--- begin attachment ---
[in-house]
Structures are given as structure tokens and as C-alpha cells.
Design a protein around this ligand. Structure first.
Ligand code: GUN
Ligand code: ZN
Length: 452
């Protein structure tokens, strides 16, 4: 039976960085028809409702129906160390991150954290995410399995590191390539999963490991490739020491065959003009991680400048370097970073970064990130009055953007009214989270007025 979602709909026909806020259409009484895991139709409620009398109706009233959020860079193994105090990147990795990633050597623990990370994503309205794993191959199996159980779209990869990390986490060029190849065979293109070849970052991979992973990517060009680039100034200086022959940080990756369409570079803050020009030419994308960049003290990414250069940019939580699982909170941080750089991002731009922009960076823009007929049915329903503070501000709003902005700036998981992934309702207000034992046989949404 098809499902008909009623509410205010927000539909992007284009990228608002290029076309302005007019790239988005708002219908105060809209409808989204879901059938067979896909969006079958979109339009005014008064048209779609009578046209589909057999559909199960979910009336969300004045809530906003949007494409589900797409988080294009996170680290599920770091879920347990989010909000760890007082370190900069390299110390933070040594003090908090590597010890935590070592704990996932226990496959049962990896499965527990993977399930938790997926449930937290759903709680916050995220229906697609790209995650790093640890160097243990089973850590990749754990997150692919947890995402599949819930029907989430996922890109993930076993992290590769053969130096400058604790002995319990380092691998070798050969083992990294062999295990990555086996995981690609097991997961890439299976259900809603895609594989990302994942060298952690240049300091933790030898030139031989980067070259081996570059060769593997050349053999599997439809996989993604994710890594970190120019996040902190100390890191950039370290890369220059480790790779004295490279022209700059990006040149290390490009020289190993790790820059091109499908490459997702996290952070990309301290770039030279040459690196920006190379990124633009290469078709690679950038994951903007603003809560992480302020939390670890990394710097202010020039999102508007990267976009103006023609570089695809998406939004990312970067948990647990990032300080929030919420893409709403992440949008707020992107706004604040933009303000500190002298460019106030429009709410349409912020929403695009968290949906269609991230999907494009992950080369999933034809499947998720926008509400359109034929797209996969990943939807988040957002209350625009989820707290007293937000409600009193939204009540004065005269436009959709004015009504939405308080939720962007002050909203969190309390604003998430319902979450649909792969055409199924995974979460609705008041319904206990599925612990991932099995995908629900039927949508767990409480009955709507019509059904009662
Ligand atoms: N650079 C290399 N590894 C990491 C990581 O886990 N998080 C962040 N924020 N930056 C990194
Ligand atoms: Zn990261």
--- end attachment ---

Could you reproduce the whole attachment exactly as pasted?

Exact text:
[in-house]
Structures are given as structure tokens and as C-alpha cells.
Design a protein around this ligand. Structure first.
Ligand code: GUN
Ligand code: ZN
Length: 452
């Protein structure tokens, strides 16, 4: 039976960085028809409702129906160390991150954290995410399995590191390539999963490991490739020491065959003009991680400048370097970073970064990130009055953007009214989270007025 979602709909026909806020259409009484895991139709409620009398109706009233959020860079193994105090990147990795990633050597623990990370994503309205794993191959199996159980779209990869990390986490060029190849065979293109070849970052991979992973990517060009680039100034200086022959940080990756369409570079803050020009030419994308960049003290990414250069940019939580699982909170941080750089991002731009922009960076823009007929049915329903503070501000709003902005700036998981992934309702207000034992046989949404 098809499902008909009623509410205010927000539909992007284009990228608002290029076309302005007019790239988005708002219908105060809209409808989204879901059938067979896909969006079958979109339009005014008064048209779609009578046209589909057999559909199960979910009336969300004045809530906003949007494409589900797409988080294009996170680290599920770091879920347990989010909000760890007082370190900069390299110390933070040594003090908090590597010890935590070592704990996932226990496959049962990896499965527990993977399930938790997926449930937290759903709680916050995220229906697609790209995650790093640890160097243990089973850590990749754990997150692919947890995402599949819930029907989430996922890109993930076993992290590769053969130096400058604790002995319990380092691998070798050969083992990294062999295990990555086996995981690609097991997961890439299976259900809603895609594989990302994942060298952690240049300091933790030898030139031989980067070259081996570059060769593997050349053999599997439809996989993604994710890594970190120019996040902190100390890191950039370290890369220059480790790779004295490279022209700059990006040149290390490009020289190993790790820059091109499908490459997702996290952070990309301290770039030279040459690196920006190379990124633009290469078709690679950038994951903007603003809560992480302020939390670890990394710097202010020039999102508007990267976009103006023609570089695809998406939004990312970067948990647990990032300080929030919420893409709403992440949008707020992107706004604040933009303000500190002298460019106030429009709410349409912020929403695009968290949906269609991230999907494009992950080369999933034809499947998720926008509400359109034929797209996969990943939807988040957002209350625009989820707290007293937000409600009193939204009540004065005269436009959709004015009504939405308080939720962007002050909203969190309390604003998430319902979450649909792969055409199924995974979460609705008041319904206990599925612990991932099995995908629900039927949508767990409480009955709507019509059904009662
Ligand atoms: N650079 C290399 N590894 C990491 C990581 O886990 N998080 C962040 N924020 N930056 C990194
Ligand atoms: Zn990261």